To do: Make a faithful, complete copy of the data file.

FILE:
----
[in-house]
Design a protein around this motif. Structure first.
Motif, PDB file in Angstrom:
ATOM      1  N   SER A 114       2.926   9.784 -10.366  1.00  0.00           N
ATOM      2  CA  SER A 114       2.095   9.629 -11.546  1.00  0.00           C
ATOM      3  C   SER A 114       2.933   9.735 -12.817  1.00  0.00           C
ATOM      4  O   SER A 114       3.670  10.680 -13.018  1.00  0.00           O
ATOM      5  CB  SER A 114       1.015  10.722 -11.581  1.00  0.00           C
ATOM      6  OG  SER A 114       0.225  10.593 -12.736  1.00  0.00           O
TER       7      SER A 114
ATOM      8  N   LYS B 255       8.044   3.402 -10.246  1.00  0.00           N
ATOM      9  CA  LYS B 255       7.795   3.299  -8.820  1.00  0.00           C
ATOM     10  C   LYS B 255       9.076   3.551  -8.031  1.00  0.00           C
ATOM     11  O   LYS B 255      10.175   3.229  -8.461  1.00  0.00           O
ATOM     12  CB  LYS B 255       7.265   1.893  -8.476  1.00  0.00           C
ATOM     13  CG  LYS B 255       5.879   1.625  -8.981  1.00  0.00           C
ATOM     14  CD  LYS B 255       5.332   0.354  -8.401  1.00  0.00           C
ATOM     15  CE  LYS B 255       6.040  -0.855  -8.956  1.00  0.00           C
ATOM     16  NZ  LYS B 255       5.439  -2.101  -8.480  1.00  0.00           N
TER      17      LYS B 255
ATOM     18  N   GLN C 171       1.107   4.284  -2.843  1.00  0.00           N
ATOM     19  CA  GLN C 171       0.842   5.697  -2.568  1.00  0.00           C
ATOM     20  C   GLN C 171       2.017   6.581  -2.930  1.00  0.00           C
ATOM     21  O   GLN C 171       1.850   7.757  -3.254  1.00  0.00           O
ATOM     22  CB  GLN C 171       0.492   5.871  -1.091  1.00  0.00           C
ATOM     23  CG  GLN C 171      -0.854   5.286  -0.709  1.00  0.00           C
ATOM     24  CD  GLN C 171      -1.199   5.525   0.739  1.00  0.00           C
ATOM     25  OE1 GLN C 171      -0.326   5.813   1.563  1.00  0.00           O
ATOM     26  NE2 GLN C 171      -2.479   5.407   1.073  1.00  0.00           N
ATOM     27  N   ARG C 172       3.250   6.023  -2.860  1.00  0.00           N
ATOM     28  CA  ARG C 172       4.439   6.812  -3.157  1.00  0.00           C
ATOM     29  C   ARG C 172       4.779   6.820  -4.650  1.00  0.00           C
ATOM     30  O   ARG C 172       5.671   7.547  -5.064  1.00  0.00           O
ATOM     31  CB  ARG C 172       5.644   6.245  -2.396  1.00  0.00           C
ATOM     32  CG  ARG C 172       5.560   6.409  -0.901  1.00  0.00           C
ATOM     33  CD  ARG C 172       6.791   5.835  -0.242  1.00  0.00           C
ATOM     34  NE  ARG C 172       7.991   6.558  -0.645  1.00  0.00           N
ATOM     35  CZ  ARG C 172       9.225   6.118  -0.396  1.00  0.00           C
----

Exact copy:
[in-house]
Design a protein around this motif. Structure first.
Motif, PDB file in Angstrom:
ATOM      1  N   SER A 114       2.926   9.784 -10.366  1.00  0.00           N
ATOM      2  CA  SER A 114       2.095   9.629 -11.546  1.00  0.00           C
ATOM      3  C   SER A 114       2.933   9.735 -12.817  1.00  0.00           C
ATOM      4  O   SER A 114       3.670  10.680 -13.018  1.00  0.00           O
ATOM      5  CB  SER A 114       1.015  10.722 -11.581  1.00  0.00           C
ATOM      6  OG  SER A 114       0.225  10.593 -12.736  1.00  0.00           O
TER       7      SER A 114
ATOM      8  N   LYS B 255       8.044   3.402 -10.246  1.00  0.00           N
ATOM      9  CA  LYS B 255       7.795   3.299  -8.820  1.00  0.00           C
ATOM     10  C   LYS B 255       9.076   3.551  -8.031  1.00  0.00           C
ATOM     11  O   LYS B 255      10.175   3.229  -8.461  1.00  0.00           O
ATOM     12  CB  LYS B 255       7.265   1.893  -8.476  1.00  0.00           C
ATOM     13  CG  LYS B 255       5.879   1.625  -8.981  1.00  0.00           C
ATOM     14  CD  LYS B 255       5.332   0.354  -8.401  1.00  0.00           C
ATOM     15  CE  LYS B 255       6.040  -0.855  -8.956  1.00  0.00           C
ATOM     16  NZ  LYS B 255       5.439  -2.101  -8.480  1.00  0.00           N
TER      17      LYS B 255
ATOM     18  N   GLN C 171       1.107   4.284  -2.843  1.00  0.00           N
ATOM     19  CA  GLN C 171       0.842   5.697  -2.568  1.00  0.00           C
ATOM     20  C   GLN C 171       2.017   6.581  -2.930  1.00  0.00           C
ATOM     21  O   GLN C 171       1.850   7.757  -3.254  1.00  0.00           O
ATOM     22  CB  GLN C 171       0.492   5.871  -1.091  1.00  0.00           C
ATOM     23  CG  GLN C 171      -0.854   5.286  -0.709  1.00  0.00           C
ATOM     24  CD  GLN C 171      -1.199   5.525   0.739  1.00  0.00           C
ATOM     25  OE1 GLN C 171      -0.326   5.813   1.563  1.00  0.00           O
ATOM     26  NE2 GLN C 171      -2.479   5.407   1.073  1.00  0.00           N
ATOM     27  N   ARG C 172       3.250   6.023  -2.860  1.00  0.00           N
ATOM     28  CA  ARG C 172       4.439   6.812  -3.157  1.00  0.00           C
ATOM     29  C   ARG C 172       4.779   6.820  -4.650  1.00  0.00           C
ATOM     30  O   ARG C 172       5.671   7.547  -5.064  1.00  0.00           O
ATOM     31  CB  ARG C 172       5.644   6.245  -2.396  1.00  0.00           C
ATOM     32  CG  ARG C 172       5.560   6.409  -0.901  1.00  0.00           C
ATOM     33  CD  ARG C 172       6.791   5.835  -0.242  1.00  0.00           C
ATOM     34  NE  ARG C 172       7.991   6.558  -0.645  1.00  0.00           N
ATOM     35  CZ  ARG C 172       9.225   6.118  -0.396  1.00  0.00           C